Hemingway committed suicide at his Ketchum home on July 2, 1961. He was 61 years old and was in physical and mental pain from a lifetime of injuries — shrapnel wounds driving an ambulance in Italy, broken bones from various car accidents, crushed vertebra and ruptured liver, spleen and kidney and first-degree burns from two plane crashes, and at least nine concussions… and from life. 

In Lillian Ross’ article in 1950 in The New Yorker, 11 years before his death, Hemingway says to her:

“Only suckers worry about saving their souls. Who the hell should care about saving his soul when it is a man’s duty to lose it intelligently, the way you would sell a position you were defending, if you could not hold it, as expensively as possible, trying to make it the most expensive position that was ever sold. It isn’t hard to die.”

Without a doubt, the criticism of the man and his writing was there from the beginning. “Toxic masculinity” is the typical critique. More recently, in “The Daily Beast” in 2018, Allen Barra wrote “Why the Hell are we Still Reading Ernest Hemingway?” Barra reviews biographies and articles and Hemingway’s letters and concludes: “Long before a subdural hematoma suffered in a 1944 auto accident, after which his alcohol-fueled behavior became increasingly irrational, Hemingway was a bully, braggart, and myth-monger.” Ouch! Barra also finds that most of Hemingway’s writing is not very good — with the exception of his short stories.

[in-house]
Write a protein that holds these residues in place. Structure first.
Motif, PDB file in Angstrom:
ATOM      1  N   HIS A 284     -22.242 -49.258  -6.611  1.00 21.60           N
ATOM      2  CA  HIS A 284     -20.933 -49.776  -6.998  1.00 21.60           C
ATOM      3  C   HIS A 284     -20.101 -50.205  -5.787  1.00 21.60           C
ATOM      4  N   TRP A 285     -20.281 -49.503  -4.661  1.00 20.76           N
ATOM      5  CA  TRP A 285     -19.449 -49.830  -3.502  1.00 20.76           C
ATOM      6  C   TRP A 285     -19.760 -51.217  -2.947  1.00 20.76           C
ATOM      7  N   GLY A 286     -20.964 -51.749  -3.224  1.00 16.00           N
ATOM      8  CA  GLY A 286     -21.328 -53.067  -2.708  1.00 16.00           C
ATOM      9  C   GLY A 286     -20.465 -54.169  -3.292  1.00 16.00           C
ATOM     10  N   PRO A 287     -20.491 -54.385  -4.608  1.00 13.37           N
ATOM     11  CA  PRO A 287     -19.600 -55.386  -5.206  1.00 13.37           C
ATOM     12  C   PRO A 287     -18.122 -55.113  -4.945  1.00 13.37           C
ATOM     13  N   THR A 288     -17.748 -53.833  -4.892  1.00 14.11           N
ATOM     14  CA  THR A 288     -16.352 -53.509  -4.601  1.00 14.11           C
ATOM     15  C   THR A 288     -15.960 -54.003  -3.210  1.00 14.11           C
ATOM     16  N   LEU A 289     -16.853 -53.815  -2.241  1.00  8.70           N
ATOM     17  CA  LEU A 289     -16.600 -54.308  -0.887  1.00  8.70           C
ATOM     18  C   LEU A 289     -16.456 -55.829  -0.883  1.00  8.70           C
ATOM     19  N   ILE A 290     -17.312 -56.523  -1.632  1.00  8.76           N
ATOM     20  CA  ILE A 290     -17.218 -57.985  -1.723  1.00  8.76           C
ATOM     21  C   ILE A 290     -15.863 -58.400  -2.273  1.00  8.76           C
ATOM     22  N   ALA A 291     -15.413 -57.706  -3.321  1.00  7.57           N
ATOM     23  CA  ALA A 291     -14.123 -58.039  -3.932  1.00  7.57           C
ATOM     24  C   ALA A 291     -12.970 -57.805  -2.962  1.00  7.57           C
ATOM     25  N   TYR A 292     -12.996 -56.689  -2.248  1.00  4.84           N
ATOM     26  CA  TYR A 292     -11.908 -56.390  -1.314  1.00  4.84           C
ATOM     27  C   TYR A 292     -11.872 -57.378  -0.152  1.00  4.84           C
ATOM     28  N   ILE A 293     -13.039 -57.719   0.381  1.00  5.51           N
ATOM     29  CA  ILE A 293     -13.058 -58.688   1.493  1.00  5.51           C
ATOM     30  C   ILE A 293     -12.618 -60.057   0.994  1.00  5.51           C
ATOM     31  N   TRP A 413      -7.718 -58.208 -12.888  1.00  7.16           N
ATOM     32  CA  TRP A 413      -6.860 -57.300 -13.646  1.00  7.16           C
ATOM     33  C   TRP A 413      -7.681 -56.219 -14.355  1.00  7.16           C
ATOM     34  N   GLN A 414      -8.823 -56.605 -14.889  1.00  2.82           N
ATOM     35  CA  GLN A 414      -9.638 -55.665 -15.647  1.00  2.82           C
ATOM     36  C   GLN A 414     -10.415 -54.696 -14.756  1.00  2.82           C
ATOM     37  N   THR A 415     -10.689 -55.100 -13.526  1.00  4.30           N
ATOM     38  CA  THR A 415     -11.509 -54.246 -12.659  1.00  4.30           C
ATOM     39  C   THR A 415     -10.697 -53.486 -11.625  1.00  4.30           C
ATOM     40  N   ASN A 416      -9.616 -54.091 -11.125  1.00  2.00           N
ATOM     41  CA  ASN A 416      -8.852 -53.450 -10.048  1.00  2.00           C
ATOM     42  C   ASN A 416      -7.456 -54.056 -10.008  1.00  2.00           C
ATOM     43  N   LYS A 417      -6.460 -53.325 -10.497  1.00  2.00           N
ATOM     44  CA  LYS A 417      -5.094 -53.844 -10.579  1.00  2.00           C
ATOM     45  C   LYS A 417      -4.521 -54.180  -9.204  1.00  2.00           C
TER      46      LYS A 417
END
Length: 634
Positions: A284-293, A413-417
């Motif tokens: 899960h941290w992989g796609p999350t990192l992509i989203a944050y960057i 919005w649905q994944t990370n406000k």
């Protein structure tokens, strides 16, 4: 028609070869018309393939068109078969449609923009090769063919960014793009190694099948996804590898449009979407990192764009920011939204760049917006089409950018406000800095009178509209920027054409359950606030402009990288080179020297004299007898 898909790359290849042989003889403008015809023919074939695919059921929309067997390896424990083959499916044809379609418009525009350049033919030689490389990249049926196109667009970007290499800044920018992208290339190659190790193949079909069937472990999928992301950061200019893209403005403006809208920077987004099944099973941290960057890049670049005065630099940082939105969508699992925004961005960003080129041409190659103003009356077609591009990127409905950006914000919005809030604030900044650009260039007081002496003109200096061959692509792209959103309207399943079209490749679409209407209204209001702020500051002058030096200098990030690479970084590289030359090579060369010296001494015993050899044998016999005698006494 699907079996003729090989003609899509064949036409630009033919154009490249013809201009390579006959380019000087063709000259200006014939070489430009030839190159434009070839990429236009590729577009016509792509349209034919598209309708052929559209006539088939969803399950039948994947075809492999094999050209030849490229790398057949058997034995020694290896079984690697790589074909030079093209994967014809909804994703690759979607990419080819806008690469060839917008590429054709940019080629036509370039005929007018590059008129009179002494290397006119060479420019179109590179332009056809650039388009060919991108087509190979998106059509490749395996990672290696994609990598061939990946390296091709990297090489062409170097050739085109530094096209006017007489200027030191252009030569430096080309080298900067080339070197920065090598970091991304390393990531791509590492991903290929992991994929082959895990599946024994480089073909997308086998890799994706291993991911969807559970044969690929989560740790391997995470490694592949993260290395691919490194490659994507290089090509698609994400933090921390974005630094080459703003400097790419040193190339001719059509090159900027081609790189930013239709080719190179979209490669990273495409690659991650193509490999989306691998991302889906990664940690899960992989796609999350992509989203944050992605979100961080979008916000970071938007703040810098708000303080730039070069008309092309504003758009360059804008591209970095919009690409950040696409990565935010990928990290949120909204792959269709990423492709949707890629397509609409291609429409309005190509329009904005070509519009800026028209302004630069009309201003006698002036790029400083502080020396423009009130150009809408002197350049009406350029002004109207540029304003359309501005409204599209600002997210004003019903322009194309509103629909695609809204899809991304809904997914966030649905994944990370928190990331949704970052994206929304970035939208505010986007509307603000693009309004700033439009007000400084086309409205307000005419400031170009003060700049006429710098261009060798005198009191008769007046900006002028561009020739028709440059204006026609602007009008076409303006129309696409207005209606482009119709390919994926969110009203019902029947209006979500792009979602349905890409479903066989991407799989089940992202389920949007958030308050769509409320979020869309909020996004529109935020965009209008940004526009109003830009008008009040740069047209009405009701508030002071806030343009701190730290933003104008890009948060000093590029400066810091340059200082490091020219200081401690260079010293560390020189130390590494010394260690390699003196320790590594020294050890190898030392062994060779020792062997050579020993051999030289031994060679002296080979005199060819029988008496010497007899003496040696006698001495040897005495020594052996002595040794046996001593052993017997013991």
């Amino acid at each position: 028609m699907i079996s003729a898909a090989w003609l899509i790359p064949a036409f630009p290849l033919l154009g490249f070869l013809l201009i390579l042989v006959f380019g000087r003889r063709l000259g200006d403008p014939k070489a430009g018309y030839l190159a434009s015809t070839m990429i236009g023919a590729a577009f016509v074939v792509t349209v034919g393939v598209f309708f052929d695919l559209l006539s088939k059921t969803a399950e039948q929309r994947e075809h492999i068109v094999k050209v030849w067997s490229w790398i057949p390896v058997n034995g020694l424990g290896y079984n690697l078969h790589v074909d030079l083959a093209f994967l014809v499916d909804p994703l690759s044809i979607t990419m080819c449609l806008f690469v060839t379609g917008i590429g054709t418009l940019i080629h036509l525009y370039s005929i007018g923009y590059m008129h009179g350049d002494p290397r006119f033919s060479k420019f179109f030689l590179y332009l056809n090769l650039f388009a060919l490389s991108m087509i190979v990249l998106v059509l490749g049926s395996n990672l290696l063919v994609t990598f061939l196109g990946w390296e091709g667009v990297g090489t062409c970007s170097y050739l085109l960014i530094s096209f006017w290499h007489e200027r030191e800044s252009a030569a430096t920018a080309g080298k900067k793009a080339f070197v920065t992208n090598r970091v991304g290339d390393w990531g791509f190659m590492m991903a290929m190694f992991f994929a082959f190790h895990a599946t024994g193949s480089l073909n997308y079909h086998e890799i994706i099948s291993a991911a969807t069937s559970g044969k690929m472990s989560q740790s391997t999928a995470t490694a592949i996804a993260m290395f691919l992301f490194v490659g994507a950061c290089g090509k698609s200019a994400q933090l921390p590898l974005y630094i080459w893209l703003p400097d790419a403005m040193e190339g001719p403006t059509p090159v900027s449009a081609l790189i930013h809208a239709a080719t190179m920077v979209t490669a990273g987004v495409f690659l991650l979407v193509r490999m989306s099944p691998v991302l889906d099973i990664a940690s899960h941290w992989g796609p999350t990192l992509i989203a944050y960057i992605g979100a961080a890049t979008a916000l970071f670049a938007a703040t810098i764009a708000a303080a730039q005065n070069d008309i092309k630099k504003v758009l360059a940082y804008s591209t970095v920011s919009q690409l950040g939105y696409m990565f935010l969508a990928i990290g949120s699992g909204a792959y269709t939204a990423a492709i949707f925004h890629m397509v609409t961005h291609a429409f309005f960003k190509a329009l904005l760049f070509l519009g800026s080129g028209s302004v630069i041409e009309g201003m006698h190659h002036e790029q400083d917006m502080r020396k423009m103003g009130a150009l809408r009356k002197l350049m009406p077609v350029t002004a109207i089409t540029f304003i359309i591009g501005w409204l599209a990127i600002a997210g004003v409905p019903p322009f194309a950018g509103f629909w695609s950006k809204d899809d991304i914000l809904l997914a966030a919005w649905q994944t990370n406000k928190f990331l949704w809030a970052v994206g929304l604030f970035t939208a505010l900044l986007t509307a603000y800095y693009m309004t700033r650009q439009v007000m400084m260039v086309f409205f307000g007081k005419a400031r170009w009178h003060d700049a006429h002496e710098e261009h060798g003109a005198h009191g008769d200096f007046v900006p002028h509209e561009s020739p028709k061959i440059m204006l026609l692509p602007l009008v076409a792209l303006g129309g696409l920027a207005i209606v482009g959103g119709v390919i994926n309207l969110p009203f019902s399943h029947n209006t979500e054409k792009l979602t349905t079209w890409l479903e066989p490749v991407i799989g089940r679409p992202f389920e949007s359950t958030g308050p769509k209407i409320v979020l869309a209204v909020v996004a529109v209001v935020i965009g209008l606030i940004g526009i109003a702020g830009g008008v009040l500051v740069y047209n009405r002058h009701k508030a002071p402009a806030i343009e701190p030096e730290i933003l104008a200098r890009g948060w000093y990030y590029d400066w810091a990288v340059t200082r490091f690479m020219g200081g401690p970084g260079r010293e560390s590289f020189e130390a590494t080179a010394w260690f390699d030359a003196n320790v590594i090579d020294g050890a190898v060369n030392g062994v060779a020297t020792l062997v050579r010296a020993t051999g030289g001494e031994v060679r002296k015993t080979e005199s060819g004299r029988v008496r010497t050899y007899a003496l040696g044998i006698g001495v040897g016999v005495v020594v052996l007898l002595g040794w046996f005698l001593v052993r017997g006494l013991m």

George Plimpton interviewed Hemingway for the Paris Review in 1958. Hemingway talked about his writing and concluded:

“Read anything I write for the pleasure of reading it. Whatever else you find will be the measure of what you brought to the reading.”

And isn’t that the message? All the judgment of the man and his life is certainly interesting, but at the end of the day, aren’t we left with the written word? And, like Barra, you can certainly find that lacking. But if his words change how you think about things, isn’t that marvelous?  

At last, we find his grave. An unpretentious and dignified resting place. Bottles of liquor and pens and notes and pencils and coins litter the top of the flat tomb. Either an honor or a desecration. Hard to fathom. Like the man himself.

We are silent. The air is still. The sun comes out from the clouds. And the magpie jumps between branches and tombstones. My friend turns and suggests that we get a strawberry shake. So we do. ♦

Joe Weeg spent 31 years bumping around this town as a prosecutor for the Polk County Attorney’s Office. Now retired, he writes about the frequently overlooked people, places and events in Des Moines on his blog:

One Comment

  1. sid sprecher says:

    Nice review of the life and works of Hemingway. I lived in Idaho in the 70’s. So I didn’t know the man but ran into many who did. My favorite was Joe Bergy, former sports director at Sun Valley during the period the Harimans owned it. Joe said he enjoyed the author’s company. He said Hemingway rose early and write long hand at a standing desk. then after lunch they would hunt. You can see a photo of Bergy at the lodge. He’s the one holding a gun on Harry Truman, different times. On the other hand potato baron Jack Simplot did not care for Hemingway, called him a drunk. take care